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Mangle on the Fly:
An Interactive Dance

Linda Lehovec, choreography
John Toenjes, music

Linda Lehovec
Heather Klopchen

John Toenjes, keyboard and laptop computer
Robin Kearton, viola

Artist Bios:

Linda Lehovec is an Associate Professor at the University of Illinois (UIUC). She holds a BFA from The Juilliard School, and an MFA from UIUC. Linda has performed her own works, both solo and with her company, Linda Lehovec and Dancers, in Canada, San Francisco, Seattle, Chicago and De-troit. She was awarded an Illinois Arts Council fel-lowship in Choreography in 2000 and 2002. Linda Lehovec & Dancers’ pro-ject, Swim, was performed in Chicago, Wisconsin and Minnesota in fall 2002.

Heather Klopchin is an Assistant Professor of Dance at St. Olaf College.

Robin Kearton is the Director of the Urbana Community Center for the Arts and a frequent per-former in the Champaign-Urbana, IL area.

Mangle on the Fly is a work that explores the notion of the music and the dance being so intertwined that one literally cannot exist without the other. The structure of the music depends on what the dancers are dancing, and the structure of the choreography depends upon what the musicians are playing.

Mangle on the Fly is a changeable, cooperative dance that is different every night. The dance and music both are constructed on a series of loops, during or over which short “one-shot hits” and more lengthy improvisations are danced or played. The order and length of the loops is determined by the flow of the performance, and the improvisations come in response to each other’s moment-by-moment interpretations.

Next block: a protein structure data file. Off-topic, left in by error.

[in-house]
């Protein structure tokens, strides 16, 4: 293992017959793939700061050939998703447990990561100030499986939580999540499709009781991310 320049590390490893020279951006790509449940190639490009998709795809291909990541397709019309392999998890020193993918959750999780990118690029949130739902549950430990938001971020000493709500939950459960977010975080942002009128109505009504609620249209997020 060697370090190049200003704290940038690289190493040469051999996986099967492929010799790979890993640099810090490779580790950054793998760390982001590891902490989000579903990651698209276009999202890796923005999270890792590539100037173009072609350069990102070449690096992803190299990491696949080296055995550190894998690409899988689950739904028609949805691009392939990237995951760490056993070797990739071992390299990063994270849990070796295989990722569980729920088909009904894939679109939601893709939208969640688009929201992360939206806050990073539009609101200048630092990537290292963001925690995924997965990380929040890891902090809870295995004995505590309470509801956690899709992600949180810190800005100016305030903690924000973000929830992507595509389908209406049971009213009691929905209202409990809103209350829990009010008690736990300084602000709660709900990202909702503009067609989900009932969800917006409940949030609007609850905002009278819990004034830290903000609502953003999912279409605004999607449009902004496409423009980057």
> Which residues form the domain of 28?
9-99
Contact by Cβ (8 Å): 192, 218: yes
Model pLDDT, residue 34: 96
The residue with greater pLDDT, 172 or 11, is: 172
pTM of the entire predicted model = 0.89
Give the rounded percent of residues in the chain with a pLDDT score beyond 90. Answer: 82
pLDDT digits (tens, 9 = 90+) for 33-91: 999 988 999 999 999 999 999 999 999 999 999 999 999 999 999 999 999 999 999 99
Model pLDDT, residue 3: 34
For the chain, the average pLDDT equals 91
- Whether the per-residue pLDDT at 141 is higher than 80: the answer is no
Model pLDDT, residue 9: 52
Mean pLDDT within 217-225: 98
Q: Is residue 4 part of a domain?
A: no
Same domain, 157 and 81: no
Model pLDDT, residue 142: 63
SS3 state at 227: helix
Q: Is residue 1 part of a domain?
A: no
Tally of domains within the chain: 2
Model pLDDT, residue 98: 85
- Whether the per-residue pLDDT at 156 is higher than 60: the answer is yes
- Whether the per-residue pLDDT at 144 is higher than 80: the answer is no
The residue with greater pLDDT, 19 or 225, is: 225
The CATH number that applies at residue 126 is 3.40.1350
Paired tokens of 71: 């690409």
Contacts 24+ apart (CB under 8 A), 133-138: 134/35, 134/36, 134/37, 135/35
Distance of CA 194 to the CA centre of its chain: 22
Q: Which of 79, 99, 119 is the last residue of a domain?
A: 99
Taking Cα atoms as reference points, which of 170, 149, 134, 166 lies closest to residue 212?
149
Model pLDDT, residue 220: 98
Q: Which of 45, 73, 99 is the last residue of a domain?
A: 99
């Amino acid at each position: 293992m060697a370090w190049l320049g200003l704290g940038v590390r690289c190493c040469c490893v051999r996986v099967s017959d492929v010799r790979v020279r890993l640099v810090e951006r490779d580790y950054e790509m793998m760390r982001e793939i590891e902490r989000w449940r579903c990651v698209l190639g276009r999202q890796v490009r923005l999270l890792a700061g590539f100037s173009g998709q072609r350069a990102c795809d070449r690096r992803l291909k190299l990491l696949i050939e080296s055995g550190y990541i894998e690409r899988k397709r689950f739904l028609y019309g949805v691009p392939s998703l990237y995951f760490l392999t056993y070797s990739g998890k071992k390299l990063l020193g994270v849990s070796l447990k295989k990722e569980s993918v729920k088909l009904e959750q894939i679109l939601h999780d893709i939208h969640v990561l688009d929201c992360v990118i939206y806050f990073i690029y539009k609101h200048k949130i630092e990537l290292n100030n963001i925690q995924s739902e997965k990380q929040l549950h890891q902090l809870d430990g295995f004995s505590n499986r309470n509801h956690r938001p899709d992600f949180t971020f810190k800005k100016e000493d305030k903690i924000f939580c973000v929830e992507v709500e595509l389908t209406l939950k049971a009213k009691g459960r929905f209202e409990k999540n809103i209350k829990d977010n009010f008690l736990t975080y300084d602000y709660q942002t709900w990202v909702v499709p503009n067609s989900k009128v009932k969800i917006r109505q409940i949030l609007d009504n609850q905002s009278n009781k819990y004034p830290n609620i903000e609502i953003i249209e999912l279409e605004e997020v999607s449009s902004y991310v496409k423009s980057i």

Because of the interactive nature of this dance, the dancers and musicians worked very closely in rehearsal to create the piece, and they need to be closely communicating during the performance.

The music is for amplified viola and keyboard played through a series of looping devices and effects, either dedicated hardware units or software in a laptop computer. The loops are recorded on the fly and they are manipulated and switched on and off as the course of the dance unfolds. The musicians also provide a bit of acoustic percussion with their feet on amplified boxes.




Nov. 2003, Krannert Center for the Performing Arts (premiere)

Nov. 2003, Beloit College

March 2004, Wayne State University/University of Utah (real-time internet video stream)

Performance inquiries:

Mangle on the Fly is avai-lable for performance. We can also do workshops and lecture demonstra-tions with your community or students. Also, a DVD is available of the dance. It includes two versions, one with, and one without, titles that highlight the in-teractive elements of the dance. Contact me to re-quest a copy, and to sche-dule a performance and/or other activities revolving around this dance.

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John Toenjes

907 1/2 W Nevada St.
Urbana, IL 61801



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